Attorney General clears Bennington Police sergeant in shooting
BENNINGTON - The Attorney General has ruled that a Bennington Police officer who shot a knife-wielding man in the lobby of the police department was justified in doing so.
On April 22, Gregory Filo, 42, of Safford Street, entered the police station lobby carrying a steak knife. According to Assistant Attorney General John Treadwell, Filo went to the dispatcher window and forcefully demanded that Sgt. Michael Plusch, a 14-year veteran of the force, come out and speak to him. He kept his right hand in his pocket and would not tell Plusch his name.
While Plusch consulted with two other officers outside the dispatcher area, one of the dispatchers witnessed Filo make a stabbing gestured towards another man, identified later as Charles "Chuck" Coppolino, a friend of Filo's.
Filo had his back to the dispatcher, who told officers via radio that he had stabbed the other man.
It was later determined there had been no stabbing. Plusch and the other officers, Thomas Bull and Keith Diotte, entered the lobby. Plusch told Filo to show him his hands, then to drop the knife when he saw he held the weapon.
"Filo did not comply with commands but instead raised his hand, with the knife still in it, and lunged towards the officers from a distance described varyingly as by the officers as somewhere between seven feet and six yards," wrote Treadwell.
Plusch shot Filo once in the abdomen, which brought Filo to the ground. Plusch and the other officers immediately rendered first aid. Filo survived after being taken first to Southwestern Vermont Medical Center then to Albany Medical Center in New York. Filo has pleaded not guilty in Vermont Superior Court to two counts of aggravated assault with a deadly weapon. Issues regarding his sanity and competency to stand trial have been raised.
"Under the facts of this case, the Attorney General's Office concluded that Sgt. Plusch was reasonable in his belief that he was in imminent danger of death or serious bodily injury when he fired at Gregory Filo," wrote Treadwell. "Given what reasonably appeared to be a serious threat to his life and to the life of the other two officers, Sgt. Plusch's response of using deadly force was reasonable and justified."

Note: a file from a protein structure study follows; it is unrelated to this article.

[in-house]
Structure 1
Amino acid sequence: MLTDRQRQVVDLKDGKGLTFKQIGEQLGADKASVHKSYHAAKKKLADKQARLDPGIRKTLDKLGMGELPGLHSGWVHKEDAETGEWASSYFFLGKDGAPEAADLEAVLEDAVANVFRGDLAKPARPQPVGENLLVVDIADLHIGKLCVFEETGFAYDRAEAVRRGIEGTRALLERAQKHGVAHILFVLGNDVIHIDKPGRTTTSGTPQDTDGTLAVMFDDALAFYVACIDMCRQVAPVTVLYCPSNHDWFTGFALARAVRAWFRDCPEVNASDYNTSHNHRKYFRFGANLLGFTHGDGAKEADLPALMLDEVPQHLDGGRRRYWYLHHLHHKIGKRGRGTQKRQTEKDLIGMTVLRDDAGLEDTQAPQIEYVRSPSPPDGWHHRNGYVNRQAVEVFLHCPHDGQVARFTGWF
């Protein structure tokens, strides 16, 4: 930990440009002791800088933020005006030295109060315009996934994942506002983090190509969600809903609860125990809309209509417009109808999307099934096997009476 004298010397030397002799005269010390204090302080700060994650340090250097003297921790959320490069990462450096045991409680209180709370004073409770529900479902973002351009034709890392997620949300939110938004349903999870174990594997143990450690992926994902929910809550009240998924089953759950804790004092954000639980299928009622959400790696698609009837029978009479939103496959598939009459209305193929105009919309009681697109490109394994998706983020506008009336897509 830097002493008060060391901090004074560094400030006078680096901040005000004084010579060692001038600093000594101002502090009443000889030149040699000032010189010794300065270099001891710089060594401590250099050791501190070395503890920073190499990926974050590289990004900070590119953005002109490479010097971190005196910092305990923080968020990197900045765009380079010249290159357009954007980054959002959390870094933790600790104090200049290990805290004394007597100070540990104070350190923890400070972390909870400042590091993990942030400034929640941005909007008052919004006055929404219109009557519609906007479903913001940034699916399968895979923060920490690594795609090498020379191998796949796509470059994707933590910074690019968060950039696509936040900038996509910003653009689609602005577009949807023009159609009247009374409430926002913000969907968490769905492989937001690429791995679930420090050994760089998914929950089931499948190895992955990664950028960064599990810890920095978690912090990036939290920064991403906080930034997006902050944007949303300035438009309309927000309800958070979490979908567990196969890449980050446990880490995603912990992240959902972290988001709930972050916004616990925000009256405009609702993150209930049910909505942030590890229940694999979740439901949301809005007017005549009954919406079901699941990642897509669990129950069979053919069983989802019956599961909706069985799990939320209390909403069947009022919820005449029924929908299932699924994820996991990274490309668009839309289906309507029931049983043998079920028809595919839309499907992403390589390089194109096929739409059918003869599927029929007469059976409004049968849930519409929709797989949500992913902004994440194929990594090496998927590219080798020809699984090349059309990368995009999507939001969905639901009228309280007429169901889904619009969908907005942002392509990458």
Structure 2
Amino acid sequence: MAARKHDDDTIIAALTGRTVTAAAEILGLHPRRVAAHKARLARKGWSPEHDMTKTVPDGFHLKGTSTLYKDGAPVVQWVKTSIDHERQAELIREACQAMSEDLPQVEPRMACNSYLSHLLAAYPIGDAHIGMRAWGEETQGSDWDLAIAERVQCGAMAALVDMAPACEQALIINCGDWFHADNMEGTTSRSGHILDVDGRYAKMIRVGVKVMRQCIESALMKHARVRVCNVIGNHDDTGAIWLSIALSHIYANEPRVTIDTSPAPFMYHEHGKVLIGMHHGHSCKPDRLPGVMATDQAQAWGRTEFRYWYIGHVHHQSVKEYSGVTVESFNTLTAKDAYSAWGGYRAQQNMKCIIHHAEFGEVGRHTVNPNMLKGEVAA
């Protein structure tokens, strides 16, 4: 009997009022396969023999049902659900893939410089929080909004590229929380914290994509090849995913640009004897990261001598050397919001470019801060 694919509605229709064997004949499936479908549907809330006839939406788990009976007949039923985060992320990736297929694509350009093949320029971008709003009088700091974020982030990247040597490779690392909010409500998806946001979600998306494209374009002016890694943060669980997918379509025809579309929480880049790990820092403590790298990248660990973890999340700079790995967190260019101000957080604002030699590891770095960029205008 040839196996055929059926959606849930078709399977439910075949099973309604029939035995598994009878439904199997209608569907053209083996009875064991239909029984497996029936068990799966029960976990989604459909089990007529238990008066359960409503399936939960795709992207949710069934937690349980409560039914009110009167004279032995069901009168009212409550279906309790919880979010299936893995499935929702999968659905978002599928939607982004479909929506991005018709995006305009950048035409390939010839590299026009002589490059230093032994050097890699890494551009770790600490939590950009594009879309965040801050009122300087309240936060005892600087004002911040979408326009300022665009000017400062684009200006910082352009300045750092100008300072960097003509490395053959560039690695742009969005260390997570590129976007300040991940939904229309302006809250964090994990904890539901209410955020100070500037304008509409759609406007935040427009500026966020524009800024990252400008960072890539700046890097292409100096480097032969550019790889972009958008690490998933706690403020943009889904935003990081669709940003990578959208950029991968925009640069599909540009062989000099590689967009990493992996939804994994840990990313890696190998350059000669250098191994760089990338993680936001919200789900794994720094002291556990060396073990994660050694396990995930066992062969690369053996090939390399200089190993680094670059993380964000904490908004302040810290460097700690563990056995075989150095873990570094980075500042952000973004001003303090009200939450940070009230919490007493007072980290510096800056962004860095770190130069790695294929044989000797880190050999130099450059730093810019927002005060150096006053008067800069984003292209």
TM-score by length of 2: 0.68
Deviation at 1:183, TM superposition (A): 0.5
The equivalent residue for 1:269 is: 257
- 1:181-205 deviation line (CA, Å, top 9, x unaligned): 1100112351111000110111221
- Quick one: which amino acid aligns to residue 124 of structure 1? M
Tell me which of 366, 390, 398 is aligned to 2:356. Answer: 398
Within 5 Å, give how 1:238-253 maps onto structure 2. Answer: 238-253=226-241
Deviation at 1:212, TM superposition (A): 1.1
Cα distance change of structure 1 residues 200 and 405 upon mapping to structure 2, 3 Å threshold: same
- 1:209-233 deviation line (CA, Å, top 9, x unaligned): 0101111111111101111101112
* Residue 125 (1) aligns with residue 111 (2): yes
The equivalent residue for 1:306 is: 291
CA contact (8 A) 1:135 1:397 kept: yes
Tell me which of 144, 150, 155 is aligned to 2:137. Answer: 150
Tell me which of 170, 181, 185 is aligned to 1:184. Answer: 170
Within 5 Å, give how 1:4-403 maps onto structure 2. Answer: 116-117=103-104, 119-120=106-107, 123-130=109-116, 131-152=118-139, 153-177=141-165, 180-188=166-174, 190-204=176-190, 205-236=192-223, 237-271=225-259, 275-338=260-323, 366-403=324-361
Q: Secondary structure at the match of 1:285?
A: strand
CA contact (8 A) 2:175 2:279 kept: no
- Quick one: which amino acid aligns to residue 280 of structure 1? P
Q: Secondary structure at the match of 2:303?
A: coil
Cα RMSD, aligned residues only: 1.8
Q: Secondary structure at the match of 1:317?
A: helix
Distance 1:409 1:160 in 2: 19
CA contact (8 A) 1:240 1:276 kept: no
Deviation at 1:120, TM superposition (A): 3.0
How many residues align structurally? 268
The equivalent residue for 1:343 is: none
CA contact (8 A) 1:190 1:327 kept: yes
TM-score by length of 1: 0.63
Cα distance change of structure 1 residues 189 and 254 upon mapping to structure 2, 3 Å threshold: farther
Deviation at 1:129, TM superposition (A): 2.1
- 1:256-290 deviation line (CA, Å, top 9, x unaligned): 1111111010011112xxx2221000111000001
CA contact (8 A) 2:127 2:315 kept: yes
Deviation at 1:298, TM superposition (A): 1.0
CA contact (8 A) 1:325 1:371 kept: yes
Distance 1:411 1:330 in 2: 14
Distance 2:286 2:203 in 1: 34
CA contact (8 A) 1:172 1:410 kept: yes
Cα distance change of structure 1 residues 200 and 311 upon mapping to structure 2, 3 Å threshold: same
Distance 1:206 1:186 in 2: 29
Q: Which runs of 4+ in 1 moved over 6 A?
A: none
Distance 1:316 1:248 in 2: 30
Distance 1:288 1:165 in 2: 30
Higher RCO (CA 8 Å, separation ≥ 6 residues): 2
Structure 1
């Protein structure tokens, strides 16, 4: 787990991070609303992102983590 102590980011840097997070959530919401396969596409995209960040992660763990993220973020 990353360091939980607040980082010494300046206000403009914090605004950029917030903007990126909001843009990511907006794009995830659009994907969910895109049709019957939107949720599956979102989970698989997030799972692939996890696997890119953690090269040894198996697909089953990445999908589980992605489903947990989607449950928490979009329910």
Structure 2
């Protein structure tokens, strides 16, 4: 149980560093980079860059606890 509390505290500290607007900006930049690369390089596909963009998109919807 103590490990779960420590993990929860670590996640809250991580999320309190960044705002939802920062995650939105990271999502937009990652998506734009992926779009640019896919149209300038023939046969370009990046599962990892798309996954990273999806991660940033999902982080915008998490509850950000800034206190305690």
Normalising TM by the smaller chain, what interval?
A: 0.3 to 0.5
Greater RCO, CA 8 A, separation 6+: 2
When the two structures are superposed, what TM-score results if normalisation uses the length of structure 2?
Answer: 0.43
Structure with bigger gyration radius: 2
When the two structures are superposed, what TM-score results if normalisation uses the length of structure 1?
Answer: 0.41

Bennington County State's Attorney Erica Marthage has already reviewed the matter and said no charges will be filed against Plusch.
Bennington Police Chief Paul Doucette said he still has to complete his own administrative review of the incident, but knew the evening it happened that Plusch acted appropriately, along with the entire staff.
Doucette said the dispatchers, Elizabeth Zwinenburg and Christina Gabrus, remained calm and continued to perform their duties as the situation unfolded.
While the lobby is monitored by cameras, they do not record. They were installed to let dispatchers view the lobby without exposing themselves to possible danger, and they allow them to view other parts of the building, said Doucette. He has spoken with Town Manager Stuart
Hurd about the possibility of getting them recording capability, but there are few issues in the lobby that require it.
Doucette said this is the first time in the department's 150-plus year history that an officer has used deadly force.
Plusch, as per protocol, was placed on administrative leave immediately following the incident. He returned to work a week later and did plainclothes detective work. He has returned to his position as night-shift supervisor, said Doucette.
According to Coppolino, who gave the Banner an interview, Filo was trying to commit "suicide by cop."
Vermont State Police, who investigated the incident because of where it happened, said Filo had been to the police department earlier that morning and asked to be killed because he was in pain.
Doucette said he knows Filo was taken to SVMC and screened by the United Counseling Service before the shooting. What happened between then and Filo's return to the department is unknown. SVMC and UCS officials have said privacy laws prevent them from releasing certain information.
Coppolino told the Banner that he never thought Filo was going to hurt him and disputed the police account that Filo lunged at them.
According to the State Police affidavit, however, Coppolino was in fear of his life. Doucette said Coppolino referred to Filo as "the perpetrator" that evening when he spoke to him.
Contact Keith Whitcomb Jr. at firstname.lastname@example.org or follow him on Twitter @KWhitcombjr.
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